Collaboration is a huge part of what we do at TfL. So it was great to spend last week working with 6 young designers, talking them through our approach to experience design and working on prototype ideas for the Cycle Hire scheme. Members of our Experience Design Team led the 5-day sprint at the London Transport Museum, where the event was part of the Designology studio programme.
Enjoy an evening of circuit training for the brain at London Transport Museum’s first ever Late Debate, which takes place on the evening of Thursday 28 July. Guests will be able to join a choice of interactive debates and workshops, as well as enjoy a bar, music and the Museum’s new Designology exhibition.
It was an absolute pleasure to be hosting in the Digital Zone of the Transported by Design festival yesterday (Sunday 3 July), which saw Regent Street transformed into a vehicle-free street for the day, as cars, buses and taxis were replaced by stalls, marquees and even a Tube train carriage!
TfL’s Experience Design team is inviting 6 enthusiastic design students to take part in a 5-day design sprint in collaboration with the TfL Cycle Hire team. The goal is to offer hands-on experience of the mindset and tools of the human-centred design that the TfL Experience Design team use in their everyday work.
We’re delighted to share this post from guest blogger Paula White, who is a Software Architect with IBM. Paula lives in London and has a special interest in cities. Here, Paula shares her experience of ‘Innovation in the City,’ the first in a series of future-planning events which took place last week – you can find details of the next event towards the end of this post.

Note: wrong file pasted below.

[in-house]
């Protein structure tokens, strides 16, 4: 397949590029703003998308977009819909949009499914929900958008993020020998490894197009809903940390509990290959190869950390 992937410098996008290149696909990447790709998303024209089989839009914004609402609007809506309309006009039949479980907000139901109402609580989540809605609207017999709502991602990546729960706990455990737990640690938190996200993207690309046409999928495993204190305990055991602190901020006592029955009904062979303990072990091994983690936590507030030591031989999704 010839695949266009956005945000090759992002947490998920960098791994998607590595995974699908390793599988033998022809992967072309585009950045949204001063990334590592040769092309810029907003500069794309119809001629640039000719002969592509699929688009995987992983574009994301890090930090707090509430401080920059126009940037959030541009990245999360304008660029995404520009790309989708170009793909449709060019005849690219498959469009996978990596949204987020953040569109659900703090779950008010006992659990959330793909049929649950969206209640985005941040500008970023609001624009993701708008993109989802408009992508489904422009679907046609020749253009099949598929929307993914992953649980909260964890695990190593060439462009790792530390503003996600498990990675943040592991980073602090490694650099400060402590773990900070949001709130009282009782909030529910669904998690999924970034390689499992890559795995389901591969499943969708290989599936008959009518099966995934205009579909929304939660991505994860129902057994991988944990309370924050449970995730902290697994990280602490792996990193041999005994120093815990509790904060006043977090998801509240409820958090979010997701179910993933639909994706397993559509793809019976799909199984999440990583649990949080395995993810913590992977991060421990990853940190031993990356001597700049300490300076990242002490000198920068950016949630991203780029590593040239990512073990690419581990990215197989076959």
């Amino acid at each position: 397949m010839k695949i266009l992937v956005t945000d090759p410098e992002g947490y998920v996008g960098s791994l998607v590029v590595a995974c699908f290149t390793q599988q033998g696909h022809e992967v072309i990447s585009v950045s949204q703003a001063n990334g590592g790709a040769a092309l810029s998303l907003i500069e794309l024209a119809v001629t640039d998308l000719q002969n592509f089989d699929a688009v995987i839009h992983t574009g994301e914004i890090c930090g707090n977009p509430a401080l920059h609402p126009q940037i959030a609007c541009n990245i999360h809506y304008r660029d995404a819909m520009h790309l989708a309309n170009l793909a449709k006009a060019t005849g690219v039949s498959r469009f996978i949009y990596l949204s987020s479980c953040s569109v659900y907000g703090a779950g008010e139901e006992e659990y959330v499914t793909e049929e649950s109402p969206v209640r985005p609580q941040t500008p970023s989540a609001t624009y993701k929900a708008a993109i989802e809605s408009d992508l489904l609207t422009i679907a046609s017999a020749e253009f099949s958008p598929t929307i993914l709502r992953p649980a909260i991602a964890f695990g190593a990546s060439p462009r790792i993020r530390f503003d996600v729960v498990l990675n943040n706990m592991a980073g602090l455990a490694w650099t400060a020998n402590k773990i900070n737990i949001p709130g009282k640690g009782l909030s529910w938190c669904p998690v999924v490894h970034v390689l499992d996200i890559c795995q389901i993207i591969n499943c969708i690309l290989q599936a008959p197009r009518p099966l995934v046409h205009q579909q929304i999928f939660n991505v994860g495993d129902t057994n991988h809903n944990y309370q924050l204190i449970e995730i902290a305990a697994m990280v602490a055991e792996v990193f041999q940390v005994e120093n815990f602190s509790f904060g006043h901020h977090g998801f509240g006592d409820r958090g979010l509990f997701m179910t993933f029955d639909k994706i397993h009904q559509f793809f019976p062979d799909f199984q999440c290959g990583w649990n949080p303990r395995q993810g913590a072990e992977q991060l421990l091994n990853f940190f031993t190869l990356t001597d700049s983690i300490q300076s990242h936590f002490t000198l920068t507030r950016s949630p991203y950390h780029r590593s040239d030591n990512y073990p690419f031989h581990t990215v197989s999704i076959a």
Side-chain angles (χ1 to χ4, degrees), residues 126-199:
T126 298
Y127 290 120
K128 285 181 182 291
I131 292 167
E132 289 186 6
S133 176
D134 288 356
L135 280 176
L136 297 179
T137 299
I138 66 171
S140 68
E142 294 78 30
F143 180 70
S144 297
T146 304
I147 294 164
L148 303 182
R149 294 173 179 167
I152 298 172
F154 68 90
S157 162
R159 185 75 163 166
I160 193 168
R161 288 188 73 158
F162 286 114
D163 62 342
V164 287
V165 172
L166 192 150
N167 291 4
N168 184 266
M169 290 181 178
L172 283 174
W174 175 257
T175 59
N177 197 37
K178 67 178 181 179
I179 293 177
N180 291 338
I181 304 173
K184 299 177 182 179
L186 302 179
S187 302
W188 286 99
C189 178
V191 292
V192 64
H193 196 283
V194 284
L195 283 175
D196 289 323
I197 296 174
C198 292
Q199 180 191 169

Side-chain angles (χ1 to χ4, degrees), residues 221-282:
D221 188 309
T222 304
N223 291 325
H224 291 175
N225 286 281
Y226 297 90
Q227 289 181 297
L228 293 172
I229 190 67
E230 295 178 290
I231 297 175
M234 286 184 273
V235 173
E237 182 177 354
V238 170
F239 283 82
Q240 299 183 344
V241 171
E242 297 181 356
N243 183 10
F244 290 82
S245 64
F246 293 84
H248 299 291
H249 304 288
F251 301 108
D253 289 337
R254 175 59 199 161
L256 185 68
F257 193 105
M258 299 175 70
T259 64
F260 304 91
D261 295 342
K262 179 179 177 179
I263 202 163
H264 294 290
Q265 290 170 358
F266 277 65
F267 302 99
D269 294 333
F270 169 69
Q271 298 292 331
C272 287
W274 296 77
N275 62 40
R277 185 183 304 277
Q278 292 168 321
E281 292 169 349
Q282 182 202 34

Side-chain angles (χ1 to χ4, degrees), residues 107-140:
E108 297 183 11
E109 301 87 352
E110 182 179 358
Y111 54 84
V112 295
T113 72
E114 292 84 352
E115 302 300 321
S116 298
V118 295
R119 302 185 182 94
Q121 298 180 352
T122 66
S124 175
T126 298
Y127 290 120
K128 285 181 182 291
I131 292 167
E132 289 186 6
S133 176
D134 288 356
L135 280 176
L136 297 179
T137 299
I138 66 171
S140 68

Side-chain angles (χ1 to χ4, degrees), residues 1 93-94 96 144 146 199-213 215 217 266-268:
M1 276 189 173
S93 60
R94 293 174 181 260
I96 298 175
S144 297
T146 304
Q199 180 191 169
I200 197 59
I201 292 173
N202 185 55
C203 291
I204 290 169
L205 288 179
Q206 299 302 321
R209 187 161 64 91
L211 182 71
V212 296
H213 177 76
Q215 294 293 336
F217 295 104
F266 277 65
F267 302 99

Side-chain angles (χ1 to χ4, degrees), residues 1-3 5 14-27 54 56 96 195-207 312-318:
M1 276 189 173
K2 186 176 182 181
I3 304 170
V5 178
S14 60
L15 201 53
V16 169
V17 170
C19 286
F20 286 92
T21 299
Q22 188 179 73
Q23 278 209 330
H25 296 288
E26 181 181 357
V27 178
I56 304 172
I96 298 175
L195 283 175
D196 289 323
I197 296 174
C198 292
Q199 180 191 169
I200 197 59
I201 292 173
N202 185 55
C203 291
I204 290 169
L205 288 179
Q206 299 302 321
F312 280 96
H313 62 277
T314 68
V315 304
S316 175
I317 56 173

Last week I attended an Innovation in the City event with Urban Design London. I had been really looking forward to the event and my team and I arrived with the supplies for the workshop to define challenges for housing, transport, planning and streets. The event was attended mostly by local authorities, housing associations, charities and TfL employees.
We heard initially from Steve Haskey, IBM’s Design Studio lead about IBM Design Thinking. The key idea with Design Thinking is to think about people rather than things, and to consider peoples’ needs. It requires empathy. Design thinking can be used in the design of anything, and part of the approach is to put aside constraints and assumptions.
This helps in creating something that is not only functional, but also makes a significant difference to the person using it. Even more vitally it can create real step changes in innovation. Tim Brown, an authority on design thinking, gives the example of Isambard Kingdom Brunel, who with his vision of the train gliding through the landscape, being part of an integrated transport system and of real service to society, was a design thinker. Watch Tim Brown’s Ted talk on design thinking here.
In London, as most people will be aware, we are growing at unprecedented rates, with a population of 10 million estimated for 2030. The workshop was to be centred around questions of how our infrastructure will cope, and are there different ways to think about how we will adapt?